Panola Mountain State Park offers moon light hikes to the top of the mountain. My boyfriend and I decided that we’d take the hike on a seemingly random Tuesday evening. The moon was set to be its fullest that night and we knew the views would be spectacular.
Park rangers Amy and Jamie were our guides. No one else showed up that night so I was stoked to have a little private tour. It had been years since I went to the top and I was glad to be going with my boyfriend.
Our excursion began around sunset on a cool evening. The rangers guided us up the side of Panola Mountain. Near the base, the trail is forested, dotted with small ponds and a beautiful lake right before hikers gain elevation. Around the lake are cottages, remnants of the owners who passed the park on to the state back in the 70s.
From there, we began our journey upward. The trees became more scarce, giving way to the bare face of the granite. Amy was incredibly knowledgeable about the plant life and formations found in the bulges and crags of the monadnock. She pointed out numerous types of lichen which for some reason remind me of tiny reindeer antlers. She also noted rare red diamorpha which thrives in the tiny shallow pools that are speckled across the mountain. At one stop, we found the even rarer green diamorpha!
My favorite was the black moss, which turns bright green in seconds after pouring water on it. The transformation is even faster when there is more sunlight, but since we were catching the last rays before sunset we had to kneel down and squint to see the change.
Since we hiked during the winter, we missed out on the prickly pear cacti, the sand wart, and yellow daisies that I’ve heard are stunning during the warmer months.
Then we reached the top. Beautiful! The sun set in the west, and to the right we could see the Atlanta skyline as bright as day. The city juts up out of the horizon like its own strange little mountain range. It was simply stunning.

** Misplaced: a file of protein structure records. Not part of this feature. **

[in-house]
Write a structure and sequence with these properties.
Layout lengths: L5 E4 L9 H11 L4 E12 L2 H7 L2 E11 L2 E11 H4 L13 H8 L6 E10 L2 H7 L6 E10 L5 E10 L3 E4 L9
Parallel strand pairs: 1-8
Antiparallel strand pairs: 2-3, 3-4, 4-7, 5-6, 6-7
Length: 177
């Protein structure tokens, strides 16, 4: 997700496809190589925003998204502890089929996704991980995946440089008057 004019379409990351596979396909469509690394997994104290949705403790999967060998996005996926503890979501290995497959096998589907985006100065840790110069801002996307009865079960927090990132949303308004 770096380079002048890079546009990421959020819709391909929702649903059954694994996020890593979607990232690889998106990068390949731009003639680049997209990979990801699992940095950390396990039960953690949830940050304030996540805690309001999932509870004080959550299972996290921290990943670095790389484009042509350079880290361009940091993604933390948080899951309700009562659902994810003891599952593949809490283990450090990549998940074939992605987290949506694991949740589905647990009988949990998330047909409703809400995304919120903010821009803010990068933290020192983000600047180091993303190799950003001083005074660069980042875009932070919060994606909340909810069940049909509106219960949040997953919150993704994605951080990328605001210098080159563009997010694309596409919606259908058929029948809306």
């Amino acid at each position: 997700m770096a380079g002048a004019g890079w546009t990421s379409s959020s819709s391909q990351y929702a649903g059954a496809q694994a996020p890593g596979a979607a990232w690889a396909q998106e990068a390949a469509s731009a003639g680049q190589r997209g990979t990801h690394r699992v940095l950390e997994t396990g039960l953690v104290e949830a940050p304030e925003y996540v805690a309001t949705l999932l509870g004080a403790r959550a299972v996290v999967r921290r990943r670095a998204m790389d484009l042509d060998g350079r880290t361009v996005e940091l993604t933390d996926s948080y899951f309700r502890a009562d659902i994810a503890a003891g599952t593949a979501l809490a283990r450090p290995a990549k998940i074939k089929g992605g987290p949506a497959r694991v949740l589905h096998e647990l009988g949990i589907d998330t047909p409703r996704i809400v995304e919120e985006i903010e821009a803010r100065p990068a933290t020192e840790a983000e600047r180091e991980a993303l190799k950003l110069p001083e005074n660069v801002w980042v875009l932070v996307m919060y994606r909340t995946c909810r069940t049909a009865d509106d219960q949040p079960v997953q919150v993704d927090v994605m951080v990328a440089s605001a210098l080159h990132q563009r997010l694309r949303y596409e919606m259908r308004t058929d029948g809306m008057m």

We walked up a bit further to another crest. From there, we could see nearby Arabia Mountain and the moon rising in the east. It seemed like it was “rising” pretty fast thanks to a low-lying strip of clouds. As the clouds slipped away in the distant winds, the moon grew fuller and brighter. From where we stood, it was about the size of a dinner plate in our hands.
My boyfriend, who is generally the romantic type, whipped out a tripod and asked the rangers to take photos of us. I wasn’t expecting the tripod, or the portable light that he brought but I was glad that thy were there. Jamie took a few photos of us with the moonlight at our backs.
“On the count of three, everybody say, ‘Yes!'” I dunno what happened to cheese, but during the third photo it all began to make sense. The flash blinded me. As my eyes recovered, I noticed Jamie hand my boyfriend a small black box. Amy shoved her hands deep into her pockets and grinned.
My boyfriend dropped to one knee and I think I went temporarily def. I could see him open the box, revealing a diamond that caught the moonlight and sent it back at me like another camera flash. I think I heard him say my name and that was enough.
“Yes, yes, yes! Get up! Oh my God, get up!” I shouted. I think I pulled him to his feet.
“Speech!” squealed Amy.
I look of horror passed my boyfriend’s–I mean, fiance’s–face.
I cracked up for a second. “You don’t have to give a speech, just put it on me!” I’m seriously not using enough exclamation points for how I was really talking.
My fiance placed the ring on my finger and I know I squealed and kissed him for at least a good minute. Somewhere along the lines I regained my breath, called him a jerk and a punk for surprising me, and kicked him in the butt. Eh. It’s what we do.
The descent was a bit of a blur. I remember that the moonlight was so bright that we didn’t need flashlights at all. The light was so bright, actually, that it cast long angular shadows on the ground around us as we passed through the trees. We tried to take a few photos back at the lake, catching the moonlight and starts reflecting off of the water but nothing could capture the beauty as we saw it in front of us.
While this account doesn’t describe a normal Panola Mountain Park moonlight hike, it does demonstrate just how phenomenal the park rangers are. Three park staff members were in on the scheme! They helped my finace coordinate everything and went out of their way to make everything seem like an average walk through the woods. Thank you so much Jamie and Amy!!!!